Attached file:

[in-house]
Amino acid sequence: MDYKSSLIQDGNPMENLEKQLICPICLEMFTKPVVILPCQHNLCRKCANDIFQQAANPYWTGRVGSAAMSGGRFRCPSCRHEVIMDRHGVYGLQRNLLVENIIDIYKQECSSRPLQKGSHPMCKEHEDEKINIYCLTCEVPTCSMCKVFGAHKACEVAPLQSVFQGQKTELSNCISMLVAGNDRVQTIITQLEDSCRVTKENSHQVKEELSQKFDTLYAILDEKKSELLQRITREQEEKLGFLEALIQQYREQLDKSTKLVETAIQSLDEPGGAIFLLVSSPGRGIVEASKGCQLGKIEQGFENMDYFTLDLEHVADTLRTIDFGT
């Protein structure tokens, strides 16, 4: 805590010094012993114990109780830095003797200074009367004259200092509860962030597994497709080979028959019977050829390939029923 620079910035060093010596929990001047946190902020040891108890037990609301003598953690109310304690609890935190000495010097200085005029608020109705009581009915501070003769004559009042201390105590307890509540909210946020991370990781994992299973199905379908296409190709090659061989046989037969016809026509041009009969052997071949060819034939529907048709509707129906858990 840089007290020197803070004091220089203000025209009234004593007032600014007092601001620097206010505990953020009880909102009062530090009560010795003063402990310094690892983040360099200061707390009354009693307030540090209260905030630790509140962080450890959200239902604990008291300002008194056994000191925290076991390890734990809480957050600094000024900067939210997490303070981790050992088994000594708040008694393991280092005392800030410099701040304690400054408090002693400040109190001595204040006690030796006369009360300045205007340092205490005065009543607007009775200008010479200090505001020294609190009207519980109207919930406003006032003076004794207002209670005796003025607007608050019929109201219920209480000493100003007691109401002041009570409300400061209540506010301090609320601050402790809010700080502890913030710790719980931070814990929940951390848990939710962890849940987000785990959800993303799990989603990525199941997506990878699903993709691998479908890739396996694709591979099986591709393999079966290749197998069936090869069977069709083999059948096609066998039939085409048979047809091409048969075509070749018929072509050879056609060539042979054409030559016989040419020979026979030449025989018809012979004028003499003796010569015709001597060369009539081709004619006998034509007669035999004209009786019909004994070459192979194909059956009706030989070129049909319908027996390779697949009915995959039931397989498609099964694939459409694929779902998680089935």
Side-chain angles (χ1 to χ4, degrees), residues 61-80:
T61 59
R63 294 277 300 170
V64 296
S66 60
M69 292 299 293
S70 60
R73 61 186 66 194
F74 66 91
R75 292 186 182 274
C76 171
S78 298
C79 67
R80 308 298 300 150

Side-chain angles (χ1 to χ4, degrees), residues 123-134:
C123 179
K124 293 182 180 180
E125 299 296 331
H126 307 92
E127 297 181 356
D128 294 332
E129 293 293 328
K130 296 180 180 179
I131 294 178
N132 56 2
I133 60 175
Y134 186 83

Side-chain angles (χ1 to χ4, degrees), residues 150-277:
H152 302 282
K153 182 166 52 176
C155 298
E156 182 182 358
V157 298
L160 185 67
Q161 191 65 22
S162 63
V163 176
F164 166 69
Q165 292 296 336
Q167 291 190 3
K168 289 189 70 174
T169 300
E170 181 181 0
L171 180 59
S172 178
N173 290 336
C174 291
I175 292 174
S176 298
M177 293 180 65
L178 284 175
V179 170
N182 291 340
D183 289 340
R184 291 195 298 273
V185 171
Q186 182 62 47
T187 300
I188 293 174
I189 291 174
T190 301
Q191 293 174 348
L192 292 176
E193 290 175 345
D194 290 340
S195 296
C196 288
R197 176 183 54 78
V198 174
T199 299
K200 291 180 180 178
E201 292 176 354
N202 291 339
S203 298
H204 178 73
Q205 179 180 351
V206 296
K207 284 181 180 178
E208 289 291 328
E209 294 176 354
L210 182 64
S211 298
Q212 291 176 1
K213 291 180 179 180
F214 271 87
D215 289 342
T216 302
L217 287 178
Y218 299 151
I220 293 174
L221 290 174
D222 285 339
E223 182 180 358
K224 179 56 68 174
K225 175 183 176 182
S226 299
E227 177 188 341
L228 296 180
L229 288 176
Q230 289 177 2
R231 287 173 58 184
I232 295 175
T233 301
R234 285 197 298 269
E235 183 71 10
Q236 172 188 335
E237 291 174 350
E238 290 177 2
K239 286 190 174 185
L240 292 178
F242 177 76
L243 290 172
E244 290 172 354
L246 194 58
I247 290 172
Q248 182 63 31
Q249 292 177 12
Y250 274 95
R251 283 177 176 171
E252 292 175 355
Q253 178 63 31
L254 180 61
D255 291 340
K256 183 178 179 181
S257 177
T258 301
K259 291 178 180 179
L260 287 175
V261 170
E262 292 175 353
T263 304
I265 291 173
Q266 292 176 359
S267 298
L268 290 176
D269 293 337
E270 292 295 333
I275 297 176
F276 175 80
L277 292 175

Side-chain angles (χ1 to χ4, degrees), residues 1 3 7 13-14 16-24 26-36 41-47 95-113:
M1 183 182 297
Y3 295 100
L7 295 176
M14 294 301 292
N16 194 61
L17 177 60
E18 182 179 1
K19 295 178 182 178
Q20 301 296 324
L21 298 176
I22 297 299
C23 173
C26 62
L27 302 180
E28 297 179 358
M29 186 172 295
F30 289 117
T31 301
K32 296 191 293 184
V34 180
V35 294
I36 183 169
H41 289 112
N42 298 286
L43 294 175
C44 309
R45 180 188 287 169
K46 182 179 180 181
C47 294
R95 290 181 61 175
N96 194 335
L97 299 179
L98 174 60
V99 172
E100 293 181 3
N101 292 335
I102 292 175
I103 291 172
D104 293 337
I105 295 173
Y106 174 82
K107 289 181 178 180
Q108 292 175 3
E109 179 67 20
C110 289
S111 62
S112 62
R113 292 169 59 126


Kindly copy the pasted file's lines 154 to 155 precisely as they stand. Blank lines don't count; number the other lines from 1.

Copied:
L21 298 176
I22 297 299